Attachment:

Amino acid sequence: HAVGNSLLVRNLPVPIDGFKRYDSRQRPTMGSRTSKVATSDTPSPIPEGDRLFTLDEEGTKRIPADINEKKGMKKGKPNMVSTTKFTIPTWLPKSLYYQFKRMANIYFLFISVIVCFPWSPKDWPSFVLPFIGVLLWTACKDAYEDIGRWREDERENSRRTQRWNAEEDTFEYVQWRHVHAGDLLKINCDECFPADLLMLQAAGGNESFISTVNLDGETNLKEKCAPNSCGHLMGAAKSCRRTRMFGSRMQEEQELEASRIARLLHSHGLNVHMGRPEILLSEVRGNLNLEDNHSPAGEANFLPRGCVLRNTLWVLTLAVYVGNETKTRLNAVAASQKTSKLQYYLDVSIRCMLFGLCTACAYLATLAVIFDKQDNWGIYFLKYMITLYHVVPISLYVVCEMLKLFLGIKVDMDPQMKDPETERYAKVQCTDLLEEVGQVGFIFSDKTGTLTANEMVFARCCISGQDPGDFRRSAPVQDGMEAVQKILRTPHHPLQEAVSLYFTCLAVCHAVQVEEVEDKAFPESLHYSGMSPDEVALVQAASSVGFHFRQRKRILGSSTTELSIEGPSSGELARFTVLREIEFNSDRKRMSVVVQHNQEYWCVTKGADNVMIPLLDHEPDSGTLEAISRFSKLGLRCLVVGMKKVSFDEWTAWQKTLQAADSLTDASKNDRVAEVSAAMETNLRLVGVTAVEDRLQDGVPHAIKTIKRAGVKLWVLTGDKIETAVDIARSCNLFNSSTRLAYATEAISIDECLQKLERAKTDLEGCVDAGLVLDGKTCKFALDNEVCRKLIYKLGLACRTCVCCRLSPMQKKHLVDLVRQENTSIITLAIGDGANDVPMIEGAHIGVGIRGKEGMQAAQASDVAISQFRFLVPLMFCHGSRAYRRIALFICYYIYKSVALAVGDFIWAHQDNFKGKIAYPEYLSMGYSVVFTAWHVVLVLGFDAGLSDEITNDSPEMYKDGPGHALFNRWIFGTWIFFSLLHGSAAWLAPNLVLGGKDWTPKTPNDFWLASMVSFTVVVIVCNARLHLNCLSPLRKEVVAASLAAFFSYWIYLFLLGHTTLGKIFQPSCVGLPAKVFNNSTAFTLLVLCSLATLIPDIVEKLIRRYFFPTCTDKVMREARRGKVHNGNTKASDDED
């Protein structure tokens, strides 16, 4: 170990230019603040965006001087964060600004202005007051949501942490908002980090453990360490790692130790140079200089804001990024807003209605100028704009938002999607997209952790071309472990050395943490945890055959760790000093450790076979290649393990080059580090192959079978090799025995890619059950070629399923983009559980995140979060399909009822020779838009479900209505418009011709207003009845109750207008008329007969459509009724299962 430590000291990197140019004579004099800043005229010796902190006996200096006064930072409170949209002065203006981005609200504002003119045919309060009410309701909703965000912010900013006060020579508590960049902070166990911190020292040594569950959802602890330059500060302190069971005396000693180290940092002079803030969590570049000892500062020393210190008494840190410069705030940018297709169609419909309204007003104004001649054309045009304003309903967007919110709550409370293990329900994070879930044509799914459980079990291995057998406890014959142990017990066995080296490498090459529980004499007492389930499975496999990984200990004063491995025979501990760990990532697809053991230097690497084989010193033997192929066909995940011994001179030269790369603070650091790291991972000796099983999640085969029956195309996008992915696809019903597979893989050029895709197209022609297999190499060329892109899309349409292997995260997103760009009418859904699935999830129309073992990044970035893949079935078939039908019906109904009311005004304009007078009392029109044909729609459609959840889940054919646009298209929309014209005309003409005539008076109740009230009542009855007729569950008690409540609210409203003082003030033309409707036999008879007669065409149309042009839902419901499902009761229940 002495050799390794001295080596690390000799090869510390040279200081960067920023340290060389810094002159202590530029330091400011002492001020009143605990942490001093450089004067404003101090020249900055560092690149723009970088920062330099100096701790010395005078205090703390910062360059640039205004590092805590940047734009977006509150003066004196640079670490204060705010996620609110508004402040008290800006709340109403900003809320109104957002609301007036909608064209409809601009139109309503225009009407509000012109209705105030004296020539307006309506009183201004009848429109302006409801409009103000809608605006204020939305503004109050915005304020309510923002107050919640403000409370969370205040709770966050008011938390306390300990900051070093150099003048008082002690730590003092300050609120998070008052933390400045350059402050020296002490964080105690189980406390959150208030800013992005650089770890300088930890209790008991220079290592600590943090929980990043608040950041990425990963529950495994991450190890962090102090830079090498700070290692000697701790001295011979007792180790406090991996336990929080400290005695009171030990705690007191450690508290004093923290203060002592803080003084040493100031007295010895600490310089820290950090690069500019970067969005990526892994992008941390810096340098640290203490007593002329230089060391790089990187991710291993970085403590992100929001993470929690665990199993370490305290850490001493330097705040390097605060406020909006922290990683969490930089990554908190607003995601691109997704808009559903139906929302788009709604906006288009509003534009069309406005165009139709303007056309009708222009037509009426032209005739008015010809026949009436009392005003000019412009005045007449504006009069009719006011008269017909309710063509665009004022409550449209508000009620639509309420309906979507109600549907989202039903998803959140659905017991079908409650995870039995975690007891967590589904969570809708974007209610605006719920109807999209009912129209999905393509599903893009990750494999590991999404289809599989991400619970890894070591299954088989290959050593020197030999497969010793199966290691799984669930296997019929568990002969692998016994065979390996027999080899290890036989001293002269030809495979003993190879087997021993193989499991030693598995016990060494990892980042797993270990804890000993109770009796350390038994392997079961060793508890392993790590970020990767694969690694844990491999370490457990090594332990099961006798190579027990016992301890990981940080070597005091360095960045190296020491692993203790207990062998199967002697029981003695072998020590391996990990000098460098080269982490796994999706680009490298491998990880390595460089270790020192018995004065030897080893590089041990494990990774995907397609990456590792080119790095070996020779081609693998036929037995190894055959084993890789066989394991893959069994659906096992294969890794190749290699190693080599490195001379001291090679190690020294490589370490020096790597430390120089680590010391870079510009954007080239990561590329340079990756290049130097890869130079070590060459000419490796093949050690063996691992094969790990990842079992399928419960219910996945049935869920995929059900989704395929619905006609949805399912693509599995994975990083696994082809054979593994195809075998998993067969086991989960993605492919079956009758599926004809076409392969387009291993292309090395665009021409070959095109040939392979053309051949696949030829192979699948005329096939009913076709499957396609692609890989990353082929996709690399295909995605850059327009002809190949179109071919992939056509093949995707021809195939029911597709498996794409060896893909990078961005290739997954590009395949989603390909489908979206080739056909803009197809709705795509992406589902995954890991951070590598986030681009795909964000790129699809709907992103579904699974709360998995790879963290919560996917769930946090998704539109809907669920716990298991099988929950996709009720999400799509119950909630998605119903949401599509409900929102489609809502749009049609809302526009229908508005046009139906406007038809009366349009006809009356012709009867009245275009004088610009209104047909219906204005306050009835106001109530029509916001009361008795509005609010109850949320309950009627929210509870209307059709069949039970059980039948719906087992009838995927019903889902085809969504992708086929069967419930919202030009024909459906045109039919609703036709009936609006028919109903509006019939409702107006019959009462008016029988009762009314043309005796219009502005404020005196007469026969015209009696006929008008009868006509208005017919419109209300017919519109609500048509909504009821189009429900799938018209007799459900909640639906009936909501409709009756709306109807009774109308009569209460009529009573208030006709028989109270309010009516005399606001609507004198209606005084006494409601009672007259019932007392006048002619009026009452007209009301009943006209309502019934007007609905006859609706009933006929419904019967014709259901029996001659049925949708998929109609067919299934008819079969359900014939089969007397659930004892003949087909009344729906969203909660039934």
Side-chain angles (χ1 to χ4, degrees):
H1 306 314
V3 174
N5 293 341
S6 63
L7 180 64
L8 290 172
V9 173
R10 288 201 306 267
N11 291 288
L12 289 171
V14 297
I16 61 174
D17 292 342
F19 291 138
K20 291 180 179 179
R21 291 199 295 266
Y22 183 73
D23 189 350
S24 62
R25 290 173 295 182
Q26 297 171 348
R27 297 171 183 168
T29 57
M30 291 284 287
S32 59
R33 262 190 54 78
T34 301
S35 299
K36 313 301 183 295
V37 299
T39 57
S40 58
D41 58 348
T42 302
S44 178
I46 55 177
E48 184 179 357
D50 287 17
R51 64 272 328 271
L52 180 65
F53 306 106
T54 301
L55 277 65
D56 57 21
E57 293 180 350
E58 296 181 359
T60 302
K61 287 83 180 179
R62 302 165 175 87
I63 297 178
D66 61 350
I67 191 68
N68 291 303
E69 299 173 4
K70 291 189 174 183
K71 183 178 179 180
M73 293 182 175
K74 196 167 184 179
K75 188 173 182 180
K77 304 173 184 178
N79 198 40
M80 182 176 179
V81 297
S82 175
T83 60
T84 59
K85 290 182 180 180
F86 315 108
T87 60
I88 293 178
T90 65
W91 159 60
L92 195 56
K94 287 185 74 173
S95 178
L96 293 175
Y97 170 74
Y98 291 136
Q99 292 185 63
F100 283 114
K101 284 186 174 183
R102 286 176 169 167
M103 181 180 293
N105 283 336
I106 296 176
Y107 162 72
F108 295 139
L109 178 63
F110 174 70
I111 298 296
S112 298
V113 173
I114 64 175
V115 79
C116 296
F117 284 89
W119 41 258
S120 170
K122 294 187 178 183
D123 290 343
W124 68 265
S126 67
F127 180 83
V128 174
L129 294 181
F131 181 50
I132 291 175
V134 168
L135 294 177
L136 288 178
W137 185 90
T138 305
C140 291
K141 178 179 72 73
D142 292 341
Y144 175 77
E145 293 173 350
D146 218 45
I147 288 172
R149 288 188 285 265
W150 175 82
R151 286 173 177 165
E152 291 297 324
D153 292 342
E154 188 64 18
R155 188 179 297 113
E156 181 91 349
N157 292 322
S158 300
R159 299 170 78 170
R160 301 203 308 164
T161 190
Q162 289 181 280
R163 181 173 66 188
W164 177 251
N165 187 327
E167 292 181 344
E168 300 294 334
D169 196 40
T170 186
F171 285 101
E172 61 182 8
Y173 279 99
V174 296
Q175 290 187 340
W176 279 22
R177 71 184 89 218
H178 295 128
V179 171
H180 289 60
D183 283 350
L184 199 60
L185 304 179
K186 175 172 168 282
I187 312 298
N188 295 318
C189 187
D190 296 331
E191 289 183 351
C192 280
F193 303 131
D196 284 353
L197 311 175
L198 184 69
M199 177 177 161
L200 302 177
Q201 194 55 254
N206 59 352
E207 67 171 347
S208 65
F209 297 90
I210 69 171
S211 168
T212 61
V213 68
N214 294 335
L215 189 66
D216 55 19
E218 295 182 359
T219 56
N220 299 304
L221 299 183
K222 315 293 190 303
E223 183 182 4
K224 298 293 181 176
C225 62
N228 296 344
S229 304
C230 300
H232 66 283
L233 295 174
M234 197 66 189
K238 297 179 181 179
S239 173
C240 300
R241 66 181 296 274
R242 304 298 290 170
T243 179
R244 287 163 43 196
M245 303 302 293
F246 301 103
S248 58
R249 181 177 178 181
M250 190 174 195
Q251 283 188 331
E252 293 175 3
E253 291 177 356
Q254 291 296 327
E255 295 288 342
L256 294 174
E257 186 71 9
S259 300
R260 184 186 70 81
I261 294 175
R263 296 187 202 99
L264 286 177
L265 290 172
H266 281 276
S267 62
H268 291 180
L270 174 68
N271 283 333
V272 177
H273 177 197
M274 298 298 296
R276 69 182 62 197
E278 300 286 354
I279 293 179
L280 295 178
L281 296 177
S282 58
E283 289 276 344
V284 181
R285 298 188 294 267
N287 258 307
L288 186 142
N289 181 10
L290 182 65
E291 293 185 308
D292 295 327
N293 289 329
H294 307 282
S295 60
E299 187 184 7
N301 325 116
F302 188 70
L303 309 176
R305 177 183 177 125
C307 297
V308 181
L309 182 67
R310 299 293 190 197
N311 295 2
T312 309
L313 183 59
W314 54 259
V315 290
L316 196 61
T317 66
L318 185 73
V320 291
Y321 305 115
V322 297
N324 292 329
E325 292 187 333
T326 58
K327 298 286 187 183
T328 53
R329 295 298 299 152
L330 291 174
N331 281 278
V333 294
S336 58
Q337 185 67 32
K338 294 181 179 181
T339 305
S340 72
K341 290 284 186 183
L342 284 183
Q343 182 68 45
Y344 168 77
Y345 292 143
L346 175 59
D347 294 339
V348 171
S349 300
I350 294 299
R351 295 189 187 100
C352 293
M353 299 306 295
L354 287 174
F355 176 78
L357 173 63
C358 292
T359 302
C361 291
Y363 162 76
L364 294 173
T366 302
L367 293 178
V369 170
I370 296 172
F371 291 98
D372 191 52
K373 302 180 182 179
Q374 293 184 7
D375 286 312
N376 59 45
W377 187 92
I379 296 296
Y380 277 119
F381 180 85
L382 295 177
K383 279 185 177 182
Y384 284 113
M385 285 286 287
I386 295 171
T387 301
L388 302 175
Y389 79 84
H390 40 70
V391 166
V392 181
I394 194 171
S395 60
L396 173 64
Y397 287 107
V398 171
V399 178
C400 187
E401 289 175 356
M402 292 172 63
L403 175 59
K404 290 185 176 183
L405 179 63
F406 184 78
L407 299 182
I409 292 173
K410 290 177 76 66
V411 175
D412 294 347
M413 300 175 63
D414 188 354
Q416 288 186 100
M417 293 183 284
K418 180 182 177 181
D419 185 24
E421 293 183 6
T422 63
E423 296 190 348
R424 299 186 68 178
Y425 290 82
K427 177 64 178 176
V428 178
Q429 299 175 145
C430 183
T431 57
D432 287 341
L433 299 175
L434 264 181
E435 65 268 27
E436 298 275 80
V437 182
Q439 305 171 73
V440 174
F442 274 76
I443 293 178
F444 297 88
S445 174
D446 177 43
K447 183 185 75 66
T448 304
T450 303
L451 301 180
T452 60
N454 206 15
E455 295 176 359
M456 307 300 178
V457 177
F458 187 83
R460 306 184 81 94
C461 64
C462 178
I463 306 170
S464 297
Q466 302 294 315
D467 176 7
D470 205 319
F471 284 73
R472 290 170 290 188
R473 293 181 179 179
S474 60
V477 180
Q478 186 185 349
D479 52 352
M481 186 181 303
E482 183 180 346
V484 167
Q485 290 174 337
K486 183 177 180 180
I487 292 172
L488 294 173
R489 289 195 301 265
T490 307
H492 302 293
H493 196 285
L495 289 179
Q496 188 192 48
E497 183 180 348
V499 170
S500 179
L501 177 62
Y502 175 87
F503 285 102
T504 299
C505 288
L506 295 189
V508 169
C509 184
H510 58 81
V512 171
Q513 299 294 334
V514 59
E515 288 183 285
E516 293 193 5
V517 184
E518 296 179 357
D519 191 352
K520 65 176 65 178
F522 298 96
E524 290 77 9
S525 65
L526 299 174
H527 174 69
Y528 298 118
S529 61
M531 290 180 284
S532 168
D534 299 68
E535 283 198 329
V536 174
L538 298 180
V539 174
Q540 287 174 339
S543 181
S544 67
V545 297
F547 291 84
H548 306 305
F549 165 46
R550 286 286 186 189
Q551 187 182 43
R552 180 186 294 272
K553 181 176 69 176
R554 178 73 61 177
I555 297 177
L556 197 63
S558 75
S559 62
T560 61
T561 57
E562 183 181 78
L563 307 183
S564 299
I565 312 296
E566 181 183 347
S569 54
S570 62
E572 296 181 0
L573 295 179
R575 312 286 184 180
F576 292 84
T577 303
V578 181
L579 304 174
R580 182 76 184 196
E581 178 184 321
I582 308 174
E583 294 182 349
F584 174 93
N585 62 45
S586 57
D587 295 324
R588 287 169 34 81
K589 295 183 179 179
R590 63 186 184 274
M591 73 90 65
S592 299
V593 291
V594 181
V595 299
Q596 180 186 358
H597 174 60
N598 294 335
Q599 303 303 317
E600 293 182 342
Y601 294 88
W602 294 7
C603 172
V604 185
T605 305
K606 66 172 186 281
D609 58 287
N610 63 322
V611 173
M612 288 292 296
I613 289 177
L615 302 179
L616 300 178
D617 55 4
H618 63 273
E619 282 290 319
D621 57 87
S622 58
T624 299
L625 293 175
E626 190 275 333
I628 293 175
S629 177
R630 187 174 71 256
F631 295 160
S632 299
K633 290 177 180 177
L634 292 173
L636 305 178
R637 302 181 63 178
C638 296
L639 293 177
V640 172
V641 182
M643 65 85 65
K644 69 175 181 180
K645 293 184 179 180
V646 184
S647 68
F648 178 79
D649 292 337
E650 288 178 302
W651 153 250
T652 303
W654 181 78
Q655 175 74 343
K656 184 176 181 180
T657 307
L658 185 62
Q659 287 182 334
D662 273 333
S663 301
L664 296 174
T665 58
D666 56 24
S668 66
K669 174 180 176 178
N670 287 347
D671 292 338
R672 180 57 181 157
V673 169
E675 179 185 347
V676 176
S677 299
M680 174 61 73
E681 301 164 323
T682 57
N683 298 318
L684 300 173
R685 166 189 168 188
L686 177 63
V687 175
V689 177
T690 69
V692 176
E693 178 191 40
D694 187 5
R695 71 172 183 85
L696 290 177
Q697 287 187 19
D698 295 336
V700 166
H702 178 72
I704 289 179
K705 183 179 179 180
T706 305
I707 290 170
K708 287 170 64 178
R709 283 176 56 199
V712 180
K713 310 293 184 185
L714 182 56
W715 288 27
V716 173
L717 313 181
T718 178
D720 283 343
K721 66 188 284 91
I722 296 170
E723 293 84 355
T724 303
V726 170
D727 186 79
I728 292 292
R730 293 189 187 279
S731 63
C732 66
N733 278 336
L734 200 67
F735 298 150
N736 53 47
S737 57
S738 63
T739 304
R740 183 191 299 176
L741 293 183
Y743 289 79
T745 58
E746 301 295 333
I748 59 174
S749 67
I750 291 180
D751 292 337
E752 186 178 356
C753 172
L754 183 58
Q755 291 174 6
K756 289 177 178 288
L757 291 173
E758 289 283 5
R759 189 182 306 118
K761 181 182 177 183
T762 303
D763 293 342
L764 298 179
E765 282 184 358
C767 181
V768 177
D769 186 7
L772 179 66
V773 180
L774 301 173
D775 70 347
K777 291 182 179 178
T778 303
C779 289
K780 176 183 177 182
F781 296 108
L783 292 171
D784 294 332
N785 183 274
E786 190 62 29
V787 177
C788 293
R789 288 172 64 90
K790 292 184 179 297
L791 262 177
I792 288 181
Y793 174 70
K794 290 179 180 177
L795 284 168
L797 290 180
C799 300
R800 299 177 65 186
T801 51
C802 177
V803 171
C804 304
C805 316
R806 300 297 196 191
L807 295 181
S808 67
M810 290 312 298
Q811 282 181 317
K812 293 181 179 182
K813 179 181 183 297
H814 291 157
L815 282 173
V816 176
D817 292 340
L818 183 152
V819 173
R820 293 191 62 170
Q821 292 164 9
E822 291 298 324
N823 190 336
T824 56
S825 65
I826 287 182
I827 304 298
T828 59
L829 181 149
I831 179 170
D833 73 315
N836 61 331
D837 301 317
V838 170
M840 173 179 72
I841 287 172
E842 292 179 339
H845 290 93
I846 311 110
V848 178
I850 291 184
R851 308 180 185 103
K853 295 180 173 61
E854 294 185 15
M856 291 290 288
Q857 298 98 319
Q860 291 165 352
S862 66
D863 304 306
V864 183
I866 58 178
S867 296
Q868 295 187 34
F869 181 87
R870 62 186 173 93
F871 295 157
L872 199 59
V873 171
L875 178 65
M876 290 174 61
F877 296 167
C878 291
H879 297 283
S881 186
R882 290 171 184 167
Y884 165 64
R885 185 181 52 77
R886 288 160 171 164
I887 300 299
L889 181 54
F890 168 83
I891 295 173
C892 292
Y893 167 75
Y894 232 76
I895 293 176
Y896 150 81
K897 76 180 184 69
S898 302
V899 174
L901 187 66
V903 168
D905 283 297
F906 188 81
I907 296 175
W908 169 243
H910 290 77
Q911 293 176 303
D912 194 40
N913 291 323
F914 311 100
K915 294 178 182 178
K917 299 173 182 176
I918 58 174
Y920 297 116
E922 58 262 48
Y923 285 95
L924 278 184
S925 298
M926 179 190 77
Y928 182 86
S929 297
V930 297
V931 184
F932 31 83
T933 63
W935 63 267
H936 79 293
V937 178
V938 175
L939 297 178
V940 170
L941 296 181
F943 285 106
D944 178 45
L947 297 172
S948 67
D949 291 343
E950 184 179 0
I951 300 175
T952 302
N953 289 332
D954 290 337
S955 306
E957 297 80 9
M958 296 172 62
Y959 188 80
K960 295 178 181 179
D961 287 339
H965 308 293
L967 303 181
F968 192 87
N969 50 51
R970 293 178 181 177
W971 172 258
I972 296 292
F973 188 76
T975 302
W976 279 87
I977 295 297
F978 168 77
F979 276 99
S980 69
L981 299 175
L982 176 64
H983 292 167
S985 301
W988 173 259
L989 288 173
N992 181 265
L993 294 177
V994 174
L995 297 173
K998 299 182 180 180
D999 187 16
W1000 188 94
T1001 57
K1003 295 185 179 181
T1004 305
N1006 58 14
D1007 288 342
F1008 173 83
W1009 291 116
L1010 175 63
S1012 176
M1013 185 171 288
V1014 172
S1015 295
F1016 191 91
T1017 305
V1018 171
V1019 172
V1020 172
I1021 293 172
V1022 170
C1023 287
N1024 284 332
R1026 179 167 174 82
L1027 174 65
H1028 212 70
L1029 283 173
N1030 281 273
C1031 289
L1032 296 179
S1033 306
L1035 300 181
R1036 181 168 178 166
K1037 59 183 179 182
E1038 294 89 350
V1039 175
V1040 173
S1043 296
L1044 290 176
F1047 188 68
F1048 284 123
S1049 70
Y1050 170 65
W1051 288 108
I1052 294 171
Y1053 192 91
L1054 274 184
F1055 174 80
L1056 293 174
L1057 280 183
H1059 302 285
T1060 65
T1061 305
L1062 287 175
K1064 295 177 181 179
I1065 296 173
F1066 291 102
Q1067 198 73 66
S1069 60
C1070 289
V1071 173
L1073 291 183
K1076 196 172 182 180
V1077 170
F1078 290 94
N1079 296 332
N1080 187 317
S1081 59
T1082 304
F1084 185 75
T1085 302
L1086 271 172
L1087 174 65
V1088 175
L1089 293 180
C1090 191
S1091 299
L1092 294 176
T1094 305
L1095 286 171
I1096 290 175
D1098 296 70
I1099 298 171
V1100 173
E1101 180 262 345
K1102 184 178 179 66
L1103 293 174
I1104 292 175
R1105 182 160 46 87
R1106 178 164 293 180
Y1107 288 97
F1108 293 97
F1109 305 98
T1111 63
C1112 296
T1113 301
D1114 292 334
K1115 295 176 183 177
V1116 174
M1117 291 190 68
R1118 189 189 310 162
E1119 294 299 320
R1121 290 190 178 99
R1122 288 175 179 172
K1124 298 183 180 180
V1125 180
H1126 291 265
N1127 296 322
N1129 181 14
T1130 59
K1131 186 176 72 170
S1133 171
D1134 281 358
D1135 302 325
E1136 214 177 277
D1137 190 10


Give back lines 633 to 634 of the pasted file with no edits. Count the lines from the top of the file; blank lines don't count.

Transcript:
D763 293 342
L764 298 179